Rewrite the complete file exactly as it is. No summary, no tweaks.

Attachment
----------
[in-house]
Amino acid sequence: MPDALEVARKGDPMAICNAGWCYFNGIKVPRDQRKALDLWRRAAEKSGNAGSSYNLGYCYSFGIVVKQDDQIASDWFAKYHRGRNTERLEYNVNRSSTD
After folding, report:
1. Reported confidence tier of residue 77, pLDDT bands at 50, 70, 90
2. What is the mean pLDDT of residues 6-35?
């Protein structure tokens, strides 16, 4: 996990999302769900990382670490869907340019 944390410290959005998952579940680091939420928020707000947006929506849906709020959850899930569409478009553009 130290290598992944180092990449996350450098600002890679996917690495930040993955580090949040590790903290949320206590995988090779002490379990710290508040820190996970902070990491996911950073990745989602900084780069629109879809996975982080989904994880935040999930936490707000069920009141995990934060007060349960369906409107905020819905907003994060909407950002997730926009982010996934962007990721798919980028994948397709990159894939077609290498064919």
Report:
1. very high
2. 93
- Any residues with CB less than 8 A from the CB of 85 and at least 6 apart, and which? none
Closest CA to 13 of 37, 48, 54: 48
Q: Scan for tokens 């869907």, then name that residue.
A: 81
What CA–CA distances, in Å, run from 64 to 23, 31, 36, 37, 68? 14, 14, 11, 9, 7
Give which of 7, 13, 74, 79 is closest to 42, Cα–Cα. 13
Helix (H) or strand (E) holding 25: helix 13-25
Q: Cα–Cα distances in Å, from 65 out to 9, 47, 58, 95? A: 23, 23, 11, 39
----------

[in-house]
Amino acid sequence: MPDALEVARKGDPMAICNAGWCYFNGIKVPRDQRKALDLWRRAAEKSGNAGSSYNLGYCYSFGIVVKQDDQIASDWFAKYHRGRNTERLEYNVNRSSTD
After folding, report:
1. Reported confidence tier of residue 77, pLDDT bands at 50, 70, 90
2. What is the mean pLDDT of residues 6-35?
């Protein structure tokens, strides 16, 4: 996990999302769900990382670490869907340019 944390410290959005998952579940680091939420928020707000947006929506849906709020959850899930569409478009553009 130290290598992944180092990449996350450098600002890679996917690495930040993955580090949040590790903290949320206590995988090779002490379990710290508040820190996970902070990491996911950073990745989602900084780069629109879809996975982080989904994880935040999930936490707000069920009141995990934060007060349960369906409107905020819905907003994060909407950002997730926009982010996934962007990721798919980028994948397709990159894939077609290498064919």
Report:
1. very high
2. 93
- Any residues with CB less than 8 A from the CB of 85 and at least 6 apart, and which? none
Closest CA to 13 of 37, 48, 54: 48
Q: Scan for tokens 């869907």, then name that residue.
A: 81
What CA–CA distances, in Å, run from 64 to 23, 31, 36, 37, 68? 14, 14, 11, 9, 7
Give which of 7, 13, 74, 79 is closest to 42, Cα–Cα. 13
Helix (H) or strand (E) holding 25: helix 13-25
Q: Cα–Cα distances in Å, from 65 out to 9, 47, 58, 95? A: 23, 23, 11, 39